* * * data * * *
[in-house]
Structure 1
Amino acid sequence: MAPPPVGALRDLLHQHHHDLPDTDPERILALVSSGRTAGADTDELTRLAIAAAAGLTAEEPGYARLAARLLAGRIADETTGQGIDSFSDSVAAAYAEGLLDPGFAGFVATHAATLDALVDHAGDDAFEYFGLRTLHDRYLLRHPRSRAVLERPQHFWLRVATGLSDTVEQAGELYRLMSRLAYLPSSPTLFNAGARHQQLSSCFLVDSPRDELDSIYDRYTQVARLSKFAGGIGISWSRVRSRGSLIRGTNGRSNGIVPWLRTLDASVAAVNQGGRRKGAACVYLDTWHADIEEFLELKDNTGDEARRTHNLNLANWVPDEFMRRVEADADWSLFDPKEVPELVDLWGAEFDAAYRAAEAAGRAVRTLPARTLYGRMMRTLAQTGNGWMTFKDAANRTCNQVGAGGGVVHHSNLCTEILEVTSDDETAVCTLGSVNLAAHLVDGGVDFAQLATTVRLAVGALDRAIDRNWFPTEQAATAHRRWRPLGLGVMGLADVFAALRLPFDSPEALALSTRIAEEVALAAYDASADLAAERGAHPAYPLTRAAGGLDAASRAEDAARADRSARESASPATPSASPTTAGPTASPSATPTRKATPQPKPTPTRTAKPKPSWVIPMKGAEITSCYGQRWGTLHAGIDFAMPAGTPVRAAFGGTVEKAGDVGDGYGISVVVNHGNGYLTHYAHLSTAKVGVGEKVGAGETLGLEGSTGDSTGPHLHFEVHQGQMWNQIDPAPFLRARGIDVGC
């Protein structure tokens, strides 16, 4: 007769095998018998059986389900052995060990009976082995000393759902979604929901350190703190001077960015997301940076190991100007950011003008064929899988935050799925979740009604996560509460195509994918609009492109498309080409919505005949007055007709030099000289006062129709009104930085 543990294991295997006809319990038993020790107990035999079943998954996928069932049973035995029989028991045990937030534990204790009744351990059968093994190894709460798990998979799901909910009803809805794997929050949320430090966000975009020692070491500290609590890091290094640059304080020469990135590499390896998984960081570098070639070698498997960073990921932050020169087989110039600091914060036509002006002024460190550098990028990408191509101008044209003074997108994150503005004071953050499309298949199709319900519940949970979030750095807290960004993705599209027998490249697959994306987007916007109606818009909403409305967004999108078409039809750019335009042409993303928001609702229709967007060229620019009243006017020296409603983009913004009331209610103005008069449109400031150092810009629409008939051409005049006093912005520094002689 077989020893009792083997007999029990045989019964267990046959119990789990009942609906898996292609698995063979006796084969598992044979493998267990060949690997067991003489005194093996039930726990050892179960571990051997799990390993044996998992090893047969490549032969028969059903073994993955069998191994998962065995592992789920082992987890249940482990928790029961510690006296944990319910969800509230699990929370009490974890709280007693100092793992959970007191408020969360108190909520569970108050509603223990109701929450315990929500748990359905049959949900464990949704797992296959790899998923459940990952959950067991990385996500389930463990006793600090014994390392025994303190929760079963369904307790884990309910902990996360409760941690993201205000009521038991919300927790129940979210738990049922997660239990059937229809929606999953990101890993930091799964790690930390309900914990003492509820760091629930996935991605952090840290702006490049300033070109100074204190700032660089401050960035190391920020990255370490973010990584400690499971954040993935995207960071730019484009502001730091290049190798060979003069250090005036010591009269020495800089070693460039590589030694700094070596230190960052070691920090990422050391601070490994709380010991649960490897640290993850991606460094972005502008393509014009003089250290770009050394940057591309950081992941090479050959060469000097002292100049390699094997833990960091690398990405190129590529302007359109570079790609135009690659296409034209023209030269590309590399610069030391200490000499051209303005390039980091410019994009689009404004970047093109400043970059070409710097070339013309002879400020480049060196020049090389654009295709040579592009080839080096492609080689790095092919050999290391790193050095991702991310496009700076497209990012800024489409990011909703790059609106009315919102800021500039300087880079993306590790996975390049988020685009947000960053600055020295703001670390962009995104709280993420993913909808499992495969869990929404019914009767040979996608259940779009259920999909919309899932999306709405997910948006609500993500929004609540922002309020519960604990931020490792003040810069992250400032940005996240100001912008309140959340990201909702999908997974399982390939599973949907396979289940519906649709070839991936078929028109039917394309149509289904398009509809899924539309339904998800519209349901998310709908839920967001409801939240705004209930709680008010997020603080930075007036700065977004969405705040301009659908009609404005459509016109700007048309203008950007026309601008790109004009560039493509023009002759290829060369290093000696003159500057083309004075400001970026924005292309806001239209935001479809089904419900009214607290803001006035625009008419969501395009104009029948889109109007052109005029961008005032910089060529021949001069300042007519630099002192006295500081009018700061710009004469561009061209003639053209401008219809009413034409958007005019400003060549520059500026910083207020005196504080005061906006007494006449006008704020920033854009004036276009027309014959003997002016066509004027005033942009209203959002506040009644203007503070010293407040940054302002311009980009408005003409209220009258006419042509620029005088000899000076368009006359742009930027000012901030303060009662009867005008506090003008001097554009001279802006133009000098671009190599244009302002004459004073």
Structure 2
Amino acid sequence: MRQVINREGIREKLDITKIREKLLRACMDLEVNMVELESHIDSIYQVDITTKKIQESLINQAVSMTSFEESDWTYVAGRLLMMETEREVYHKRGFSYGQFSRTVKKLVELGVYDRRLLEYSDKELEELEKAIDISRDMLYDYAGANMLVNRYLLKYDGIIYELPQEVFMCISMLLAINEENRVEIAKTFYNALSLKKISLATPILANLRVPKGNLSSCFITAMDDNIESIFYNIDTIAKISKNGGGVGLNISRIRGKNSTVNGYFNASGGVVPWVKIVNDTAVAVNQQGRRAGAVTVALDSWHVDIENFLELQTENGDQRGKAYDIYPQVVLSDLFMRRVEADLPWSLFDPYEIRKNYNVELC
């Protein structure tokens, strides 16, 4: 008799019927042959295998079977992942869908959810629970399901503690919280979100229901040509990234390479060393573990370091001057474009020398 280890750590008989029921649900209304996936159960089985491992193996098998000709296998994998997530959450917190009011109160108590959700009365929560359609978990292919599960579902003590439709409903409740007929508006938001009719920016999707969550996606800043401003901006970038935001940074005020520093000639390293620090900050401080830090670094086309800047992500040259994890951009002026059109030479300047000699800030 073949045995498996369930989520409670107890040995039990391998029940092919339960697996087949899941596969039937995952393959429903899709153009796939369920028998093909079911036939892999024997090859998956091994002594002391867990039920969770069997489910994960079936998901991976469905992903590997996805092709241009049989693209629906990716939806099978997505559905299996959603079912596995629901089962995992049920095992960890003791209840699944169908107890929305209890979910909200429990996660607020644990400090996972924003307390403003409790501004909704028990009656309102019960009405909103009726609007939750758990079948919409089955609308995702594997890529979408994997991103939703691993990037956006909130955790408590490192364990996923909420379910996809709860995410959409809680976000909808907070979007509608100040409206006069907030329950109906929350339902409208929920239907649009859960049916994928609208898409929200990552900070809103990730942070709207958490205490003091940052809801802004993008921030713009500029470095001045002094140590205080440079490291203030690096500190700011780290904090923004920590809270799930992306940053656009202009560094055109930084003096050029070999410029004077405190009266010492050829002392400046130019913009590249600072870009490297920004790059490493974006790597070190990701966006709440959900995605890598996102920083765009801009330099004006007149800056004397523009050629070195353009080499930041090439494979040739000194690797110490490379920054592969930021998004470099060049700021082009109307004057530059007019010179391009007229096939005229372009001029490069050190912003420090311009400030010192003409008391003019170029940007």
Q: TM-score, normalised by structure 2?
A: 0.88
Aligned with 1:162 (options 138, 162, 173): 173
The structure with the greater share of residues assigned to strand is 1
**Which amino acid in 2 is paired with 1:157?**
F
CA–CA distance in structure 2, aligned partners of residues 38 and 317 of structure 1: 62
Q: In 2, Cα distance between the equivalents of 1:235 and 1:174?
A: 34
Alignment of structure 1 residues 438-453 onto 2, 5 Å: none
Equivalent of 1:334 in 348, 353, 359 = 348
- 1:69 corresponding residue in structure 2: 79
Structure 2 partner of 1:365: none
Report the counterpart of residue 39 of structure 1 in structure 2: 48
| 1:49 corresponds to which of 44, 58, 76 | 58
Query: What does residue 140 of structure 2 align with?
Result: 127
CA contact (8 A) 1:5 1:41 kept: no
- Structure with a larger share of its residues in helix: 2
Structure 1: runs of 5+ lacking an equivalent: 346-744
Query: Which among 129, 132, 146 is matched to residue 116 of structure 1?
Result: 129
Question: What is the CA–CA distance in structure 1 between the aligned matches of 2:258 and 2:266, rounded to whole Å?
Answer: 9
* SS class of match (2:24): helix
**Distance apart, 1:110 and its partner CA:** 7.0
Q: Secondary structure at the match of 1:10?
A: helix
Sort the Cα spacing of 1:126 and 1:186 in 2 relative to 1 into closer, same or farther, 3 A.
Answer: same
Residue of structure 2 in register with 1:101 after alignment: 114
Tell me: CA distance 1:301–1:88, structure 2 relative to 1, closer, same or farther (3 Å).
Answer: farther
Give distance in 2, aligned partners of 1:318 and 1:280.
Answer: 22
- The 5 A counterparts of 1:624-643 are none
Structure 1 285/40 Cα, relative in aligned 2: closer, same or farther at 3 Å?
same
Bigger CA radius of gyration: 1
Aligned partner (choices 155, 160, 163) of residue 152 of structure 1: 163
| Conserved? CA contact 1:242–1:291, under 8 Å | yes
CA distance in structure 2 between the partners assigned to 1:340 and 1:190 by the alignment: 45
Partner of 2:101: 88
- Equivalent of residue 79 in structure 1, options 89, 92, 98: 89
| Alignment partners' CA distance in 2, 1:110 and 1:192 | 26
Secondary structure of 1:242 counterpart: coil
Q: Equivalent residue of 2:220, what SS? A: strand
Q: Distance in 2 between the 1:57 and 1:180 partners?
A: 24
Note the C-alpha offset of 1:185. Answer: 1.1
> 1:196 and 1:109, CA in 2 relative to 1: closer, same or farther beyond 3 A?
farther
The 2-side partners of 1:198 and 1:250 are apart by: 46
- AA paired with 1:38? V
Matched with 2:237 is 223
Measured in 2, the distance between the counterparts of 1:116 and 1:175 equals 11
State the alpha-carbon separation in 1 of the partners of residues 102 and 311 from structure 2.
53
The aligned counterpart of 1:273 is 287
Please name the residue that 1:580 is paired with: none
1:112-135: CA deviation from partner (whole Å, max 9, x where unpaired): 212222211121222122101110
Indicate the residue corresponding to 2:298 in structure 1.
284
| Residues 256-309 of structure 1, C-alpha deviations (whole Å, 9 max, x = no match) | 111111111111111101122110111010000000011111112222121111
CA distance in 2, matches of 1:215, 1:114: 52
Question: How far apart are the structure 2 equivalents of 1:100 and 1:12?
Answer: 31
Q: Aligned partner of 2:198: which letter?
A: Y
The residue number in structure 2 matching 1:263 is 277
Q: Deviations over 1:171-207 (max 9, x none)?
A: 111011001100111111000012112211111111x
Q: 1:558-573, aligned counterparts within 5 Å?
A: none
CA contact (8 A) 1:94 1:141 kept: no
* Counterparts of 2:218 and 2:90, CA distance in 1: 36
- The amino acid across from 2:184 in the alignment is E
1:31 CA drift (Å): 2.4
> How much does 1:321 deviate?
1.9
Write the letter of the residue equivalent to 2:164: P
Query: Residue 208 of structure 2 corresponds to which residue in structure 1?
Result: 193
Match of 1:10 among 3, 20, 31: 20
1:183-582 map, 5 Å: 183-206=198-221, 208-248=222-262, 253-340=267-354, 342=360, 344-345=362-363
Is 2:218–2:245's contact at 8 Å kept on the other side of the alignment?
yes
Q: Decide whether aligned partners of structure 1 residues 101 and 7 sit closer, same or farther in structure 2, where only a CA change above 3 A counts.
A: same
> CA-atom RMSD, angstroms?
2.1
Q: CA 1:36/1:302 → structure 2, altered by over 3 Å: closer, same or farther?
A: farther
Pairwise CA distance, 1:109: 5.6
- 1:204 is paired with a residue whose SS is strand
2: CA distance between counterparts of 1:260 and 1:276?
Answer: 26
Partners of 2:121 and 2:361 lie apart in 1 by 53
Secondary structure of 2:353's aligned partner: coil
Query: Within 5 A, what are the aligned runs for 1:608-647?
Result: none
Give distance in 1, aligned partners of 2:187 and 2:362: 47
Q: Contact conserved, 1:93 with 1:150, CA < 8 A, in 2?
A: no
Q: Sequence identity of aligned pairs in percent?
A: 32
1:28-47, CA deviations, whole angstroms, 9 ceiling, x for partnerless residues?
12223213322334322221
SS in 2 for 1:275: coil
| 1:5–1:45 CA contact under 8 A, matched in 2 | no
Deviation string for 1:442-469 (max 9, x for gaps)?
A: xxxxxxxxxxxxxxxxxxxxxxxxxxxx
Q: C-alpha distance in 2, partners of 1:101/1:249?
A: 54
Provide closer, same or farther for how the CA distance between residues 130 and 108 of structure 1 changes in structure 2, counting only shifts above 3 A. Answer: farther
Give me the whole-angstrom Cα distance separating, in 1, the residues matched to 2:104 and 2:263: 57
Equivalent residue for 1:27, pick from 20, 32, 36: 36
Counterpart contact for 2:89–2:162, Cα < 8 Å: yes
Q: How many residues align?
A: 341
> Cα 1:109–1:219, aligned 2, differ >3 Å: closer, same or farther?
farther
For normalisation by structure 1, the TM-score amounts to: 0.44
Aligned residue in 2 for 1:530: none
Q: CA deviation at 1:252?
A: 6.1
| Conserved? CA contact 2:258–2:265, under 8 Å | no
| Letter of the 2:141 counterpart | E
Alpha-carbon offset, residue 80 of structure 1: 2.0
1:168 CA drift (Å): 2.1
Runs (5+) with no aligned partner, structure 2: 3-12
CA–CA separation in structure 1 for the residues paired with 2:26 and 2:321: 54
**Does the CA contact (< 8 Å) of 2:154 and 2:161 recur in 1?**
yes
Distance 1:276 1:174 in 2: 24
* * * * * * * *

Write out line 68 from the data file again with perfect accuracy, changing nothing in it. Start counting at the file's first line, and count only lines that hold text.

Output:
1:112-135: CA deviation from partner (whole Å, max 9, x where unpaired): 212222211121222122101110